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Allen Erkhart: Fire Prevention Week starts Sunday

Americus Fire & Emergency Services personnel are proud to participate in the Annual Fire Prevention Week, sponsored by the National Fire Protection Association (NFPA). Here in Americus, we observe fire prevention for the entire month of October.  Partnering with our local Sumter County Schools district, we read books for Head Start, Early Head Start, pre-K and kindergarten students. Kindergarten and first-grade students go through our Fire Safety House, where they learn about fire safety in the home, such as “Don’t play with matches or lighters,” “The kitchen is no place to play,” “Have two ways out,” and “Stop, drop and roll if your clothes catch on fire.” Second-graders through fourth-graders enjoy our Clown Shows, which re-emphasize the safety themes taught in previous years.

History of Fire Prevention Week
In 1920, President Woodrow Wilson issued the first National Fire Prevention Day proclamation, and, since 1922, Fire Prevention Week has been observed on the Sunday through Saturday period in which Oct. 9 falls, commemorating the Great Chicago Fire of 1871. According to the National Archives and Records Administration’s Library Information Center, Fire Prevention Week is the longest running public health and safety observance on record. The president of the United States has signed a proclamation for a national observance during that week every year since 1925.

Install fire alarms for protection
The key message of this year’s Fire Prevention Week campaign is to install smoke alarms outside each separate sleeping area, and on every level of your home, including the basement. Larger homes may need more alarms. Did you know that roughly half of home fire deaths result from fires reported between 11 p.m. and 7 a.m., when most people are asleep? Smoke alarms save lives. If there is a fire in your home, smoke spreads fast and you need smoke alarms to give you time to get out. In fact, having working smoke alarms cuts the chances of dying in a reported fire in half!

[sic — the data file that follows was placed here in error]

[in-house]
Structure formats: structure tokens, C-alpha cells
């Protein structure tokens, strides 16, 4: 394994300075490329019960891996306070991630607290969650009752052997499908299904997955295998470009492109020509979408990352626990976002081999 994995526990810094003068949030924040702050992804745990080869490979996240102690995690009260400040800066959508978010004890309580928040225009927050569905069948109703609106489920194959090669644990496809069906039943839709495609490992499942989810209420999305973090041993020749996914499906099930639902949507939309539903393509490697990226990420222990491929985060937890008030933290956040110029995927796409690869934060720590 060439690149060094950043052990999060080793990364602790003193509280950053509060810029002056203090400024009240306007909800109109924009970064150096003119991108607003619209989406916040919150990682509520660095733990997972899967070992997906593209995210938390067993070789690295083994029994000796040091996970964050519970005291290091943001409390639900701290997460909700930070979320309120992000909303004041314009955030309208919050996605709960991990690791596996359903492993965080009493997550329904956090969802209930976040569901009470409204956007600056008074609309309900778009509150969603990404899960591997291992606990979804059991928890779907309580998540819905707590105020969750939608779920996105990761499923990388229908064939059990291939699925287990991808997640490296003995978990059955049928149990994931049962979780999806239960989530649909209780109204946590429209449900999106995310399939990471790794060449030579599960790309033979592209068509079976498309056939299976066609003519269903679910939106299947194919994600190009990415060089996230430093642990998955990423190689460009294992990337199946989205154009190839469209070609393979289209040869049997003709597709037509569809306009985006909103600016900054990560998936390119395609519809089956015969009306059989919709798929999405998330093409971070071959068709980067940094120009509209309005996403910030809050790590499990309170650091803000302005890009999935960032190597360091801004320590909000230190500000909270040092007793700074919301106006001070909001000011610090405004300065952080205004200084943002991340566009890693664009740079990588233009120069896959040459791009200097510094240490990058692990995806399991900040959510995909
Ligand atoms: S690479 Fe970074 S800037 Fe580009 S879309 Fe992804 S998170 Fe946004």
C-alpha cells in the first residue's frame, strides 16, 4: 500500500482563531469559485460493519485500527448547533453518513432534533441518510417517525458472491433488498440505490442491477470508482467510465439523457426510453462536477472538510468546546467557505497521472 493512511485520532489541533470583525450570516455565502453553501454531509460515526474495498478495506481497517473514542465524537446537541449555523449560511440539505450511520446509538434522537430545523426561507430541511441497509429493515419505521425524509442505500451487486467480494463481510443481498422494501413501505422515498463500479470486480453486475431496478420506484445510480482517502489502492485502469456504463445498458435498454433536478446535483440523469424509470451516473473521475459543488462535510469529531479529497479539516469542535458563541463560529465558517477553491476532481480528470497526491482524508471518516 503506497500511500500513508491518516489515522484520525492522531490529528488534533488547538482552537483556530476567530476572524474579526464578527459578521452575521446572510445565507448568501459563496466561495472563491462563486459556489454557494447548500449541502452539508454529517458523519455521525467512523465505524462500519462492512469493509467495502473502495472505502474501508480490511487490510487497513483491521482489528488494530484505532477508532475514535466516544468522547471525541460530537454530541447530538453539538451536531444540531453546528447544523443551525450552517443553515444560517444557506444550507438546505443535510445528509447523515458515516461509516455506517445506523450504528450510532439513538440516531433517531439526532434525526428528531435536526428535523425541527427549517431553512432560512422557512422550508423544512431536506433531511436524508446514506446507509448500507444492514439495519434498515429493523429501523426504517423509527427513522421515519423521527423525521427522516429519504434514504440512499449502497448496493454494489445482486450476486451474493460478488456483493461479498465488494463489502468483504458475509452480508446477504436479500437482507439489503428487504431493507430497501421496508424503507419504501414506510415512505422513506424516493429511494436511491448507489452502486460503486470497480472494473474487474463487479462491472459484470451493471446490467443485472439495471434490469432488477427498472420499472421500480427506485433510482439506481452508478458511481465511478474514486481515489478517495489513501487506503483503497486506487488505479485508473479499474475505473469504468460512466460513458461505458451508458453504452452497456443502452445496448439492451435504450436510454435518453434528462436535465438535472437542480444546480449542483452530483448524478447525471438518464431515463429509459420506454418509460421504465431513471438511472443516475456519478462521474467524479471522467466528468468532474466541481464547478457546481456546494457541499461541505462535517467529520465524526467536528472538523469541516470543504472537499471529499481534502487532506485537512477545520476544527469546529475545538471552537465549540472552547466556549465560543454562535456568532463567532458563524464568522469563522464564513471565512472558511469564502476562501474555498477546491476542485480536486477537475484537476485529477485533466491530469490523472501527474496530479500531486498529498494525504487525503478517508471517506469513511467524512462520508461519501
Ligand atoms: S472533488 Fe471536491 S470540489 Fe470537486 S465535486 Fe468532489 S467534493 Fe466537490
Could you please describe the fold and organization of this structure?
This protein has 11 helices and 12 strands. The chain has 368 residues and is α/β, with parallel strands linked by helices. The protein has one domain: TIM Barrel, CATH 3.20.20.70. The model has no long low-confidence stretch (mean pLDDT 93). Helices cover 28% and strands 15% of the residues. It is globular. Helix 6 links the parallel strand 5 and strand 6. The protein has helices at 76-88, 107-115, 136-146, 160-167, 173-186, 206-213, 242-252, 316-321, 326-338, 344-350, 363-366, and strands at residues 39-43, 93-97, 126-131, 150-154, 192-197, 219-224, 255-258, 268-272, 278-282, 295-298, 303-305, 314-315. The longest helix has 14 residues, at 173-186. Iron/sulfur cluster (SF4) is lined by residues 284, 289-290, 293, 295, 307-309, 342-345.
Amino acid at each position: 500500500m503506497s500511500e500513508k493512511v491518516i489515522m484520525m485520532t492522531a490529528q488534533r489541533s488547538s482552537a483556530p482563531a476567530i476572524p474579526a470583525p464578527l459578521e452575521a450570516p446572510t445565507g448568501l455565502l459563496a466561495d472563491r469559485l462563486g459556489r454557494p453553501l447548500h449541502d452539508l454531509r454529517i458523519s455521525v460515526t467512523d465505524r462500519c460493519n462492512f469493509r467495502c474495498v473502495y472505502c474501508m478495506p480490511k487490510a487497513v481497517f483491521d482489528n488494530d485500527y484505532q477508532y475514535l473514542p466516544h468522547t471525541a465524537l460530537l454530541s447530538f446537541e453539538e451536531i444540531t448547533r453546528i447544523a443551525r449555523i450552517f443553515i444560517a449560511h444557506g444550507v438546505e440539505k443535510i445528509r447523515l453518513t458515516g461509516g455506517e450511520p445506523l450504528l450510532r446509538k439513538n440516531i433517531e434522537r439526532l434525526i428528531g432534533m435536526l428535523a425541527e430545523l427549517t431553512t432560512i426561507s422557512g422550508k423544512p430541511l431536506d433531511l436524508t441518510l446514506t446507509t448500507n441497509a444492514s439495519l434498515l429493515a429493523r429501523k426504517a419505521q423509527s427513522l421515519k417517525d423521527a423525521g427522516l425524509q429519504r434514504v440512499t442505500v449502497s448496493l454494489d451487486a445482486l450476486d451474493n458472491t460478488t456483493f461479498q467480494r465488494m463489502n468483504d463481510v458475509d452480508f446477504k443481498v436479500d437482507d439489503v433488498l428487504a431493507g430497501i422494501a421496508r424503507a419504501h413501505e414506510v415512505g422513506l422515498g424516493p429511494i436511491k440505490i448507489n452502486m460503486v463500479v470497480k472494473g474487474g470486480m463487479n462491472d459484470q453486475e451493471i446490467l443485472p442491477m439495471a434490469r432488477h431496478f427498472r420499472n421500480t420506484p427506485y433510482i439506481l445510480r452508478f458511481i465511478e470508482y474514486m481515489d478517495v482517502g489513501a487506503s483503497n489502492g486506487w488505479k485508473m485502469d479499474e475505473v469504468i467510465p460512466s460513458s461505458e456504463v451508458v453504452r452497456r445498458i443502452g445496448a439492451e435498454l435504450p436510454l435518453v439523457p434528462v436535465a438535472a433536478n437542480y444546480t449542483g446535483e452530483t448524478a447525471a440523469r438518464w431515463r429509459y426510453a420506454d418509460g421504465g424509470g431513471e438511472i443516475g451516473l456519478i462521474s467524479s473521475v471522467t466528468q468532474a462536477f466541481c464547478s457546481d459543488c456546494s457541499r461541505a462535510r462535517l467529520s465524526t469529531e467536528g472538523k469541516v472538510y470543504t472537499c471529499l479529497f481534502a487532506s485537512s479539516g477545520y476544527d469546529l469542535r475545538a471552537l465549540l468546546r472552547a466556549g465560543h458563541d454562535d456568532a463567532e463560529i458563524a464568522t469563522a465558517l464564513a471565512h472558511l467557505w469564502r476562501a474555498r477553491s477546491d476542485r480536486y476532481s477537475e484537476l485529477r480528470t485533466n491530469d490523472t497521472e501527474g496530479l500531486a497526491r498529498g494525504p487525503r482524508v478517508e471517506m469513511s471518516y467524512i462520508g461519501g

Test your alarms for life
Your smoke alarm has the power to save your life. Or does it? If you haven’t tested your smoke alarm lately, it may not be working, and that’s a risk you can’t afford to take. Working smoke alarms give us early warning of a fire, providing extra time to escape safely. They can’t do their job if we haven’t done ours — monthly testing to make sure they are working. Test all of the smoke alarms in your home. When you change your clocks, change the batteries in your smoke alarm.
If you don’t have smoke alarms in your home and live within the Americus city limits, call the Americus Fire & Emergency Services at 924-3213 or 924-1385 and we will schedule a time to come and install them for you.

Chief Allen Erkhart has been with the Americus Fire Department for 42 years.